In reading I John again, I am struck by its emphasis on the reality of eternal life.
At the very beginning of the letter, John is careful to delineate the actuality of his message because he wants it to be clear that the radical thing he’s saying is really true. He testifies by repeating himself. He says, “what we have heard, what we have seen … we have seen … what we have seen and heard …” (I John 1:1-3). His point is to say as convincingly as he can that he knows firsthand that God, the Word of Life, who is Himself Eternal Life became a man—for the purpose of making it possible for people to participate in fellowship with the Father and the Son.
John speaks as one marveling at the truth of the situation.
Regarding his whole epistle, he writes, “These things I have written to you who believe in the name of the Son of God, in order that you may know that you have eternal life” (I John 5:13). John wants all his readers to be just as convinced as he is that we have eternal life—because Eternal Life has come to us in Christ.
John also says it this way: “And this is the promise which He Himself made to us: eternal life” (I John 2:25).
So I’ve been asking myself. Do I believe I really have eternal life? I believe that I have Christ, and since He is Eternal Life, it only makes sense for me to believe this. But do I believe it?
People often ask, especially at leadership conferences, for us to identify exactly what it is that we want others to say about us when we die. In other words, Christian leaders are often challenged to consider what kind of legacy they want to leave behind.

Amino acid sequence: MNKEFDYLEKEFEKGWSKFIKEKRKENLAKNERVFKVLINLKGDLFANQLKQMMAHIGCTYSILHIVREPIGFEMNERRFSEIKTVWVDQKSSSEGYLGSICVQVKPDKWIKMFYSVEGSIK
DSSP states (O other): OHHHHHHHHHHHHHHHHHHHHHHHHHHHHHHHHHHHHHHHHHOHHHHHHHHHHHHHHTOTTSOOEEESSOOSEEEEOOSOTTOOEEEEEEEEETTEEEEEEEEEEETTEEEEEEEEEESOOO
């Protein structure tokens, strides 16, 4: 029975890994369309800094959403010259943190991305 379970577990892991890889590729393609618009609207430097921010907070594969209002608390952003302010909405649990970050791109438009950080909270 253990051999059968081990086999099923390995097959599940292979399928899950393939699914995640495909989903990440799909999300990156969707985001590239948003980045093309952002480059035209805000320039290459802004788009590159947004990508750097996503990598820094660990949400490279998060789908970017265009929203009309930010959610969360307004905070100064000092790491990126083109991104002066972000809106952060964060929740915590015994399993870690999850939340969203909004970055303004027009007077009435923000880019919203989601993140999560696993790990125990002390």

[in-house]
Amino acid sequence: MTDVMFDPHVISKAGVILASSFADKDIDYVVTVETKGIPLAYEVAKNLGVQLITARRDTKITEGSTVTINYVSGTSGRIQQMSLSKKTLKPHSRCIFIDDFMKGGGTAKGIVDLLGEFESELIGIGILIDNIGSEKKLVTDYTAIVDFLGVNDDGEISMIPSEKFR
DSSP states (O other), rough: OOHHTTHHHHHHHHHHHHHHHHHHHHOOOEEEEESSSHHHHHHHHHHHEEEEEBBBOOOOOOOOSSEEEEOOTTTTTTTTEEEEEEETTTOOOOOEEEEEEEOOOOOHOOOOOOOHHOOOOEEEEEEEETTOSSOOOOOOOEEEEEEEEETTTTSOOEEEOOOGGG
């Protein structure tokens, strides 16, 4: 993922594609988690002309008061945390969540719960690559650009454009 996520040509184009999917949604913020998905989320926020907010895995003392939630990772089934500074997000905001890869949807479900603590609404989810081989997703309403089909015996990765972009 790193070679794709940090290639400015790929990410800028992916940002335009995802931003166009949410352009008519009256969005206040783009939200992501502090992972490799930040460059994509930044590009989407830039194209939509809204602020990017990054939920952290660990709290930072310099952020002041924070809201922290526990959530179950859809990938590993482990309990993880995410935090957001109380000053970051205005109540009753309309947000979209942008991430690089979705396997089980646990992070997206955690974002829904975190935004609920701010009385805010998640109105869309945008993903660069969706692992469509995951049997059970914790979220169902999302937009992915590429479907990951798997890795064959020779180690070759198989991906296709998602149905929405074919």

But how often are we challenged to give evidence of our belief in eternal life?
How often are we confronted with statements like this?
· You know, if you really do have eternal life, then it doesn’t make sense for you to hold back from following Jesus fully right now.
· Why are you holding back? Do you not know that your life here on Earth is only the beginning of your life?
· You can afford to obey the Lord God. If you die, it will be OK because you do have eternal life.
In I John 5:3, the writer says very plainly, “And His commandments are not burdensome.” I think I now see why. God’s commandments are not burdensome if you’re not hanging on to your own life.
A new friend of mine just told me about a prayer that her mentor has been praying. It’s not exactly on topic with I John, but it fits well enough that I want to include it here so some of us might be a little more unburdened: "Lord, I am not going to ask You anymore to bless anything that I am doing. But if there’s something You are doing, and You give me the chance to hang around it, I would be all about that."
In closing, I guess what I’m trying to say is that I’d rather obey God than focus too much on my legacy—because in Christ we have more life after we die.